Prepare as Soon as Possible After Diagnosis of Alzheimer’s Disease

Though the diagnosis of Alzheimer’s disease can be a distressing time for the patient and his or her loved ones, elder care advocates say that it is critical they begin advance planning for financial arrangements and health care as soon as possible. Alzheimer’s is a progressive disease of cognitive decline, but it can last for many years. Putting plans into place early can help make a significant difference in how that time can be spent.

If someone suspects that there are memory issues or other cognitive concerns, they should see a neurologist, geriatric assessment clinic or memory clinic for testing. If there is a formal diagnosis of Alzheimer’s disease, the results will give a baseline which may help when charting out a plan of next steps.

A person with a diagnosis of Alzheimer’s disease should then work with an elder law or estate planning attorney to ensure that their legal planning is thorough. Documents to be addressed include health care documents such as an advance directive which explicitly instructs health care choices (sometimes called a “living will”), and a durable power of attorney for health care decisions. The financial documents to be developed include a will, a durable power of attorney for finances, and possibly a living trust.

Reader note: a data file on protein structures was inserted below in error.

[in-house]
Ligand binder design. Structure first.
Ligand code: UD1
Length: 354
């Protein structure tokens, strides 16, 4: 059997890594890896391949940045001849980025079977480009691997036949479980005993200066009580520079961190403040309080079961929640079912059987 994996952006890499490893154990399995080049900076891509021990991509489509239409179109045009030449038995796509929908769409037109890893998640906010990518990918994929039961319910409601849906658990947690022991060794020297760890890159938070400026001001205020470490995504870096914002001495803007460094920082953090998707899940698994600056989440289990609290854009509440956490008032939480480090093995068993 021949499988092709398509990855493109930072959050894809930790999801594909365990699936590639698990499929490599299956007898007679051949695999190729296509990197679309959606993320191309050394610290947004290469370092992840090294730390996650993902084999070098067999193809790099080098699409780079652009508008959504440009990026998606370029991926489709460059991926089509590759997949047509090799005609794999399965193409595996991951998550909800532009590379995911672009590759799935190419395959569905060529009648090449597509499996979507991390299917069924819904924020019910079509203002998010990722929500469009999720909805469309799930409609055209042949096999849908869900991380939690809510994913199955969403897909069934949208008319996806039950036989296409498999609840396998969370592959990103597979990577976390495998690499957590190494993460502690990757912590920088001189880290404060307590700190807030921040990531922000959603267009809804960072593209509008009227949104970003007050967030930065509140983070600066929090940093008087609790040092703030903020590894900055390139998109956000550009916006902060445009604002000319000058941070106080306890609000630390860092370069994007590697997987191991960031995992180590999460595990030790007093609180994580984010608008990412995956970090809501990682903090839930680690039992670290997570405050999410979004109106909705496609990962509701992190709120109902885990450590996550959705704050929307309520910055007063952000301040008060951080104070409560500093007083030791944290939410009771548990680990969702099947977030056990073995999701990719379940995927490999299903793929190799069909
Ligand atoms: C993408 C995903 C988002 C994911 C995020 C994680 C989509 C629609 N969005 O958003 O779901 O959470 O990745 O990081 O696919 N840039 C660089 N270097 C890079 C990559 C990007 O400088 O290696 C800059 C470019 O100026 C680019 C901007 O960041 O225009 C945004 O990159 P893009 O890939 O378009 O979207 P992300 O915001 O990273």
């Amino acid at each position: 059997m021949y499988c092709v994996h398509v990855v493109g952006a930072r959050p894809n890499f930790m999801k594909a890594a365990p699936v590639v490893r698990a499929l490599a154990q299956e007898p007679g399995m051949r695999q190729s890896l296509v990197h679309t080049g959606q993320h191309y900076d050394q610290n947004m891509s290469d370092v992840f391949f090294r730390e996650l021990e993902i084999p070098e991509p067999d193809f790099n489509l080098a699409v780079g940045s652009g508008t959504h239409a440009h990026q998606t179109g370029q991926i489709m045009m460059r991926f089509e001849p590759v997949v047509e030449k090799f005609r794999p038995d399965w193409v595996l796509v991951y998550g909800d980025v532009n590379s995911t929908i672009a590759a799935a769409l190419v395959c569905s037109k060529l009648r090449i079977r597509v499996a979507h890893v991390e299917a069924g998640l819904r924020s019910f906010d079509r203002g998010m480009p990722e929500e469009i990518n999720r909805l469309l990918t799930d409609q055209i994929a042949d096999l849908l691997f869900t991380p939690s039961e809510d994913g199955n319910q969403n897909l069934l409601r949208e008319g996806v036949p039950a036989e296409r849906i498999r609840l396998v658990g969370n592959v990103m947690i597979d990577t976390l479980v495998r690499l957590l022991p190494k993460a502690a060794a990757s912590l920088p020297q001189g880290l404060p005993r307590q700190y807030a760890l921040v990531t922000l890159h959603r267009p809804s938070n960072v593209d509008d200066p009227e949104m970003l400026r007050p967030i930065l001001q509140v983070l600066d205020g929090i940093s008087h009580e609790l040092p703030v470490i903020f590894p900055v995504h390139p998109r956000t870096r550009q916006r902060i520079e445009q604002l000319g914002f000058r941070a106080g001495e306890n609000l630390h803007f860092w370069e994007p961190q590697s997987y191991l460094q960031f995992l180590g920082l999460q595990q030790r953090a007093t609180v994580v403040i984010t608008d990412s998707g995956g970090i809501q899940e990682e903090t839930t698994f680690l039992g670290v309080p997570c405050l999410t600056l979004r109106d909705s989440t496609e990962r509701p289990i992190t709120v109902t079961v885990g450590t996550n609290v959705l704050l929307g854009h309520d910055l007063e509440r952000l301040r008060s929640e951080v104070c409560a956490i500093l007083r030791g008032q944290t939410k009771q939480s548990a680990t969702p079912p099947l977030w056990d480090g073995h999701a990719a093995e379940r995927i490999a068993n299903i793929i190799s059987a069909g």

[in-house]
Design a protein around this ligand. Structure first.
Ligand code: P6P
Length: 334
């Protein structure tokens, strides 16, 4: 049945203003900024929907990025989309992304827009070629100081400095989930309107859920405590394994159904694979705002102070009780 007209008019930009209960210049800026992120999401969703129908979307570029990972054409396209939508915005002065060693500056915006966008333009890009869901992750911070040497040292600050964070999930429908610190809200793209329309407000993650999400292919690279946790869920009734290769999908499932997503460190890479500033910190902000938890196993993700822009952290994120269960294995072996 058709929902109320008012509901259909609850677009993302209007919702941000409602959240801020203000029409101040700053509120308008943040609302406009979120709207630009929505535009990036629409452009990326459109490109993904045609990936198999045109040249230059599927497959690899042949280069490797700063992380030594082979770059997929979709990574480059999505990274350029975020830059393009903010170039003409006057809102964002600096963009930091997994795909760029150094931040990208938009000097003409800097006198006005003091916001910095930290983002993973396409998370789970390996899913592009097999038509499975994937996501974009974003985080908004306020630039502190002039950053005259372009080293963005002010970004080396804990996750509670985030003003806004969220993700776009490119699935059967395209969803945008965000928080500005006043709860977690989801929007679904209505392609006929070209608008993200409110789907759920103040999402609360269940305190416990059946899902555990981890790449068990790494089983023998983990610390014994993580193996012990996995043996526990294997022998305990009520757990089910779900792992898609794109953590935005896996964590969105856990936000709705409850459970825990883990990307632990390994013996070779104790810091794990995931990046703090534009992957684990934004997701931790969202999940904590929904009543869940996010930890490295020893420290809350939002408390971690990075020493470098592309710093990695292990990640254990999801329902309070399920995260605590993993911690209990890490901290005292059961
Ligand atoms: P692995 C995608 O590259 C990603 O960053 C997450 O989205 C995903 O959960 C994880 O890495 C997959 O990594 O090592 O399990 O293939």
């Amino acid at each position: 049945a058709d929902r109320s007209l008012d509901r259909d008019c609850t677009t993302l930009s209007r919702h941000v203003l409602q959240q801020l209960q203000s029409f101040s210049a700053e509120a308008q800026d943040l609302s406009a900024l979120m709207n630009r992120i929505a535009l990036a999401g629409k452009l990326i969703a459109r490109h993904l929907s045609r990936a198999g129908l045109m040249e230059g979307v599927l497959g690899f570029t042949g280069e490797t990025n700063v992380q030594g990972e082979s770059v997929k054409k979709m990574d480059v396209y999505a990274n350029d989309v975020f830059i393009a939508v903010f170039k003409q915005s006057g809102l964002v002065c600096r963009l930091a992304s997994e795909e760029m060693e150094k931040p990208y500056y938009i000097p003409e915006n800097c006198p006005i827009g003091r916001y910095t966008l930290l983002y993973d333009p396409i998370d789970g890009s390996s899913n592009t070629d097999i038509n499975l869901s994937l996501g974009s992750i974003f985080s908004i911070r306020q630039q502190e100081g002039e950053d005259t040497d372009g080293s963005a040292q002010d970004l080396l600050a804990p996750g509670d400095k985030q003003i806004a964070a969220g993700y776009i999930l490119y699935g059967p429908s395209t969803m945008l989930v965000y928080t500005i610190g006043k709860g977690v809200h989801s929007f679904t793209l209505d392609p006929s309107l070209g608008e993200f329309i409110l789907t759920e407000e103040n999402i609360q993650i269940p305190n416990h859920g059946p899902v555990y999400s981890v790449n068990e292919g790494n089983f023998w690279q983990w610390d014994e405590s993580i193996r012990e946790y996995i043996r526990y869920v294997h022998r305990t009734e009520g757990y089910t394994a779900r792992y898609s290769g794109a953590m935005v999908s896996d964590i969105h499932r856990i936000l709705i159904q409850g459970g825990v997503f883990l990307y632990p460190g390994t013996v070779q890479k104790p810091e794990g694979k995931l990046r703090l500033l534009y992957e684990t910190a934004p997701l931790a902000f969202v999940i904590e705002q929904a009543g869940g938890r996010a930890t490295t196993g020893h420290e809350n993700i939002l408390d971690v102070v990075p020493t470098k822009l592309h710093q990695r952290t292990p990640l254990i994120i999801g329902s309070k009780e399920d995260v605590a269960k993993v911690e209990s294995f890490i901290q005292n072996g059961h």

An elder care lawyer or estate lawyer can also assist in mapping out the financial options available for care. Some people find that spending down their assets to qualify for Medicaid is the option for them, but those assets need to be released at least five years before applying for Medicaid. Many states now have some level of a partnership-eligible, long-term-care policy available to help individuals protect some of their assets while using Medicaid. The purchase of a partnership policy which covers as much as $250,000 of care may allow the patient exhaust benefits and qualify for Medicaid while still holding onto assets up to $250,000.Other financial concerns for people with an Alzheimer’s diagnosis include checking with their bank’s policy on power of attorney and whether they need their own forms. Some banks require that they have their own power of attorney forms on file, which may be difficult to procure later on.

 

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